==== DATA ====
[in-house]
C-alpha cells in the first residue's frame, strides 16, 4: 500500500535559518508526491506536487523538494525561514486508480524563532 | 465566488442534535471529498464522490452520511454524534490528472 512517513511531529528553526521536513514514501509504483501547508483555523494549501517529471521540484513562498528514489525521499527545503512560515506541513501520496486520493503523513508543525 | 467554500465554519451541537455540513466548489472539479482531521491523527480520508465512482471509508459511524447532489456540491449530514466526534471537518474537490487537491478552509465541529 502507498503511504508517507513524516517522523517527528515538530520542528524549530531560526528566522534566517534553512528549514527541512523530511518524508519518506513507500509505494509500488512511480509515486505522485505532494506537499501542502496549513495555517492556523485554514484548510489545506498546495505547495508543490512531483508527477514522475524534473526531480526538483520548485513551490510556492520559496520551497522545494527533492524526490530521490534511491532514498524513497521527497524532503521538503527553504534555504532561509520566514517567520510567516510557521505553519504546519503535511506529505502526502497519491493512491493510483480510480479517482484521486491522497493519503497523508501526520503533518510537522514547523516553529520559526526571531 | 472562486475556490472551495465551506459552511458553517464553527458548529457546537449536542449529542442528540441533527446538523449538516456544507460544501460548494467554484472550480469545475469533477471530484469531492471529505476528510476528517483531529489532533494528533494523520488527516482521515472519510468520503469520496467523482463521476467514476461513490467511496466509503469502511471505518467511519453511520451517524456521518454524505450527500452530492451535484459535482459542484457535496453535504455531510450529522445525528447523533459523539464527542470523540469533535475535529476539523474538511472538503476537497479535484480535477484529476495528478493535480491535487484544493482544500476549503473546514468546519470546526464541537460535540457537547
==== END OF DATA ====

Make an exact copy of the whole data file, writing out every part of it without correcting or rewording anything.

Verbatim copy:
[in-house]
C-alpha cells in the first residue's frame, strides 16, 4: 500500500535559518508526491506536487523538494525561514486508480524563532 | 465566488442534535471529498464522490452520511454524534490528472 512517513511531529528553526521536513514514501509504483501547508483555523494549501517529471521540484513562498528514489525521499527545503512560515506541513501520496486520493503523513508543525 | 467554500465554519451541537455540513466548489472539479482531521491523527480520508465512482471509508459511524447532489456540491449530514466526534471537518474537490487537491478552509465541529 502507498503511504508517507513524516517522523517527528515538530520542528524549530531560526528566522534566517534553512528549514527541512523530511518524508519518506513507500509505494509500488512511480509515486505522485505532494506537499501542502496549513495555517492556523485554514484548510489545506498546495505547495508543490512531483508527477514522475524534473526531480526538483520548485513551490510556492520559496520551497522545494527533492524526490530521490534511491532514498524513497521527497524532503521538503527553504534555504532561509520566514517567520510567516510557521505553519504546519503535511506529505502526502497519491493512491493510483480510480479517482484521486491522497493519503497523508501526520503533518510537522514547523516553529520559526526571531 | 472562486475556490472551495465551506459552511458553517464553527458548529457546537449536542449529542442528540441533527446538523449538516456544507460544501460548494467554484472550480469545475469533477471530484469531492471529505476528510476528517483531529489532533494528533494523520488527516482521515472519510468520503469520496467523482463521476467514476461513490467511496466509503469502511471505518467511519453511520451517524456521518454524505450527500452530492451535484459535482459542484457535496453535504455531510450529522445525528447523533459523539464527542470523540469533535475535529476539523474538511472538503476537497479535484480535477484529476495528478493535480491535487484544493482544500476549503473546514468546519470546526464541537460535540457537547